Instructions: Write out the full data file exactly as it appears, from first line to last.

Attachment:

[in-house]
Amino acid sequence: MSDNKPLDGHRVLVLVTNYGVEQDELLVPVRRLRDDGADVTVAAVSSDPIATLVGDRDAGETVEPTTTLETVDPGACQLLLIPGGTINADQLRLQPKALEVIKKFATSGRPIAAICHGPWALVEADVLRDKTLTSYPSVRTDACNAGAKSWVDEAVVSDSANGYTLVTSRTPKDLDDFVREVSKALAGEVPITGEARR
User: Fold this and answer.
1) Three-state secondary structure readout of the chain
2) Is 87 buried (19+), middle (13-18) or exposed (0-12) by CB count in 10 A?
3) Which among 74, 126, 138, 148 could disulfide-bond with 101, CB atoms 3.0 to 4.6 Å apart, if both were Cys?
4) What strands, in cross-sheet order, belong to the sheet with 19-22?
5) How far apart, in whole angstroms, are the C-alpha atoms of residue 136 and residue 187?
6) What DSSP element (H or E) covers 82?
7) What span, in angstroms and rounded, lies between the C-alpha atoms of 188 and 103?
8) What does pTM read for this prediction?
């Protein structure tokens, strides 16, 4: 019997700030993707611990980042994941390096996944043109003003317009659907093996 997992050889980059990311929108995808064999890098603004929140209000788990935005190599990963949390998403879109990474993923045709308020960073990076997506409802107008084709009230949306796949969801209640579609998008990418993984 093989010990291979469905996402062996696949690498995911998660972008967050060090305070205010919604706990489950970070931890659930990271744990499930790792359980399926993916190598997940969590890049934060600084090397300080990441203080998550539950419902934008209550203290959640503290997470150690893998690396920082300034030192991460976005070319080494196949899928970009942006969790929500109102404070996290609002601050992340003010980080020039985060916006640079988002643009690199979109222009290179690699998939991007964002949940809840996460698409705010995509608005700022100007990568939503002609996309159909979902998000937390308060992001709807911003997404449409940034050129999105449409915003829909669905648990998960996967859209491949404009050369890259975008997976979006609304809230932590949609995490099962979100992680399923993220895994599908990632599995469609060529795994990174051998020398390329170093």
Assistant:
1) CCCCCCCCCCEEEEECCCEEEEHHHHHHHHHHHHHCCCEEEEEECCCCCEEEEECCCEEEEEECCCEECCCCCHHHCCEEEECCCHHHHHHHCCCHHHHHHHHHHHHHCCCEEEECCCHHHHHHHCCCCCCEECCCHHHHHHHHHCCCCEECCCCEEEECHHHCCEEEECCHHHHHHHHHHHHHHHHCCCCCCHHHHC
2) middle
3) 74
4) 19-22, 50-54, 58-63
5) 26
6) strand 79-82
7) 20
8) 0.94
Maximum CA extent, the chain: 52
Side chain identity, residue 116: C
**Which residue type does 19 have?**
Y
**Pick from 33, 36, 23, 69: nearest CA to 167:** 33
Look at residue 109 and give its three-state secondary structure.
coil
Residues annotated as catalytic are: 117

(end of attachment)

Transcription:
[in-house]
Amino acid sequence: MSDNKPLDGHRVLVLVTNYGVEQDELLVPVRRLRDDGADVTVAAVSSDPIATLVGDRDAGETVEPTTTLETVDPGACQLLLIPGGTINADQLRLQPKALEVIKKFATSGRPIAAICHGPWALVEADVLRDKTLTSYPSVRTDACNAGAKSWVDEAVVSDSANGYTLVTSRTPKDLDDFVREVSKALAGEVPITGEARR
User: Fold this and answer.
1) Three-state secondary structure readout of the chain
2) Is 87 buried (19+), middle (13-18) or exposed (0-12) by CB count in 10 A?
3) Which among 74, 126, 138, 148 could disulfide-bond with 101, CB atoms 3.0 to 4.6 Å apart, if both were Cys?
4) What strands, in cross-sheet order, belong to the sheet with 19-22?
5) How far apart, in whole angstroms, are the C-alpha atoms of residue 136 and residue 187?
6) What DSSP element (H or E) covers 82?
7) What span, in angstroms and rounded, lies between the C-alpha atoms of 188 and 103?
8) What does pTM read for this prediction?
């Protein structure tokens, strides 16, 4: 019997700030993707611990980042994941390096996944043109003003317009659907093996 997992050889980059990311929108995808064999890098603004929140209000788990935005190599990963949390998403879109990474993923045709308020960073990076997506409802107008084709009230949306796949969801209640579609998008990418993984 093989010990291979469905996402062996696949690498995911998660972008967050060090305070205010919604706990489950970070931890659930990271744990499930790792359980399926993916190598997940969590890049934060600084090397300080990441203080998550539950419902934008209550203290959640503290997470150690893998690396920082300034030192991460976005070319080494196949899928970009942006969790929500109102404070996290609002601050992340003010980080020039985060916006640079988002643009690199979109222009290179690699998939991007964002949940809840996460698409705010995509608005700022100007990568939503002609996309159909979902998000937390308060992001709807911003997404449409940034050129999105449409915003829909669905648990998960996967859209491949404009050369890259975008997976979006609304809230932590949609995490099962979100992680399923993220895994599908990632599995469609060529795994990174051998020398390329170093």
Assistant:
1) CCCCCCCCCCEEEEECCCEEEEHHHHHHHHHHHHHCCCEEEEEECCCCCEEEEECCCEEEEEECCCEECCCCCHHHCCEEEECCCHHHHHHHCCCHHHHHHHHHHHHHCCCEEEECCCHHHHHHHCCCCCCEECCCHHHHHHHHHCCCCEECCCCEEEECHHHCCEEEECCHHHHHHHHHHHHHHHHCCCCCCHHHHC
2) middle
3) 74
4) 19-22, 50-54, 58-63
5) 26
6) strand 79-82
7) 20
8) 0.94
Maximum CA extent, the chain: 52
Side chain identity, residue 116: C
**Which residue type does 19 have?**
Y
**Pick from 33, 36, 23, 69: nearest CA to 167:** 33
Look at residue 109 and give its three-state secondary structure.
coil
Residues annotated as catalytic are: 117